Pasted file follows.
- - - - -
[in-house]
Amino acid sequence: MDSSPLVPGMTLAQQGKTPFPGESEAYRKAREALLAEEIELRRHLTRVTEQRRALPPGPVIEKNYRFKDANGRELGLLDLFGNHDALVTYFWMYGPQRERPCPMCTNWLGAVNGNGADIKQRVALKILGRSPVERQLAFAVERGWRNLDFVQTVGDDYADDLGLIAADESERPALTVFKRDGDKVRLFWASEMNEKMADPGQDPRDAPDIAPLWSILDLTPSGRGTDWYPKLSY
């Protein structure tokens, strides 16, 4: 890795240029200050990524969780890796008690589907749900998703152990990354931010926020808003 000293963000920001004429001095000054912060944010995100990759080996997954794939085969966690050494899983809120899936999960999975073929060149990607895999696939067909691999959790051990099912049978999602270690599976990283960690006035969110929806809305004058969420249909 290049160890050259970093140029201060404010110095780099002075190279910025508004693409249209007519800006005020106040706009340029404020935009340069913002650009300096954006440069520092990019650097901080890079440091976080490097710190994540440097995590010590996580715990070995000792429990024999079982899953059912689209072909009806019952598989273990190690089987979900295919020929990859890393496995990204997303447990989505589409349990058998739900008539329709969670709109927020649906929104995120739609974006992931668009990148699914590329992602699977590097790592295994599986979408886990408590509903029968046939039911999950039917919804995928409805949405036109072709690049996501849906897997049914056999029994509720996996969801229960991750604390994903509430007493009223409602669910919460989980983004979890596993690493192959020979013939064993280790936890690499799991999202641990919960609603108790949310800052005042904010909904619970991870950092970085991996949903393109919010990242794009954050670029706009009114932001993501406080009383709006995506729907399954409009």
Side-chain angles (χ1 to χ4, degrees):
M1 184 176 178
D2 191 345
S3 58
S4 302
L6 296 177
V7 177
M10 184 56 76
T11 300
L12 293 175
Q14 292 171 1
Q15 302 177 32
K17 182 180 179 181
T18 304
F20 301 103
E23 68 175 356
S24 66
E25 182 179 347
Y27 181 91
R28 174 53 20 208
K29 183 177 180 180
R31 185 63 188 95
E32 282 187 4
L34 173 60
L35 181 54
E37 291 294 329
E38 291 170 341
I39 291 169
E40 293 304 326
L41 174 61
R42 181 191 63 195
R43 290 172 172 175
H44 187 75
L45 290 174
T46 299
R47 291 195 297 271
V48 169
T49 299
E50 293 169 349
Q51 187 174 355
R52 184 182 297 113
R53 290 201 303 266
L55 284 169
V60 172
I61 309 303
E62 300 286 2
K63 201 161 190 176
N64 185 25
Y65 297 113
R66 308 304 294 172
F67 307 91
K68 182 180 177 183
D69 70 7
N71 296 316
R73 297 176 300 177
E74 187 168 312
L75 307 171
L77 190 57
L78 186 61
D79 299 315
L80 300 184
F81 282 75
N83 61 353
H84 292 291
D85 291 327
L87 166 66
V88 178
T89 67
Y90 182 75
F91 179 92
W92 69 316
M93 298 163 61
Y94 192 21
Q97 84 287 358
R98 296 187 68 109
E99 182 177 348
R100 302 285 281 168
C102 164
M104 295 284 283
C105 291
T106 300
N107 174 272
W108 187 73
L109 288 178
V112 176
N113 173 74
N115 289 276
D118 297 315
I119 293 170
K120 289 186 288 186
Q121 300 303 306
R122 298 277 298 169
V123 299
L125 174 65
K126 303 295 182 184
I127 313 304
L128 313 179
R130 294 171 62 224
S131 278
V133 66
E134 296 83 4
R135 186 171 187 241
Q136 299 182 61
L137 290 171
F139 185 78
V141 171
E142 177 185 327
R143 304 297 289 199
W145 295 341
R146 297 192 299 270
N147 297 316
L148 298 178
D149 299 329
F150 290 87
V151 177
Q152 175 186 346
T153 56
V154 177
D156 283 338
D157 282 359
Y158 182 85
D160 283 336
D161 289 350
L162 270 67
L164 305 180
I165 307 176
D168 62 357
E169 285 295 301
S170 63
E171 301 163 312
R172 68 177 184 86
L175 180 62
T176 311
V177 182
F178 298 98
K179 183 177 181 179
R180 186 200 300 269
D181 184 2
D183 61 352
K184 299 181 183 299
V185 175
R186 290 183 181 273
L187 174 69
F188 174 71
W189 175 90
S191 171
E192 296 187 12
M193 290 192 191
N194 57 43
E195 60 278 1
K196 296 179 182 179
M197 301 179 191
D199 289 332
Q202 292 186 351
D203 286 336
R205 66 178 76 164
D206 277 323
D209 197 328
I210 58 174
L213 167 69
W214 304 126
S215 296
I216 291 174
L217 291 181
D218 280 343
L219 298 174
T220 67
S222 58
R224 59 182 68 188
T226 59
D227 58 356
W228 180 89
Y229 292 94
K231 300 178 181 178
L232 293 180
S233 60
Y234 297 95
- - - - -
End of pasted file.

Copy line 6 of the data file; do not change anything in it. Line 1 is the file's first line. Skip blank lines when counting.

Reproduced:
D2 191 345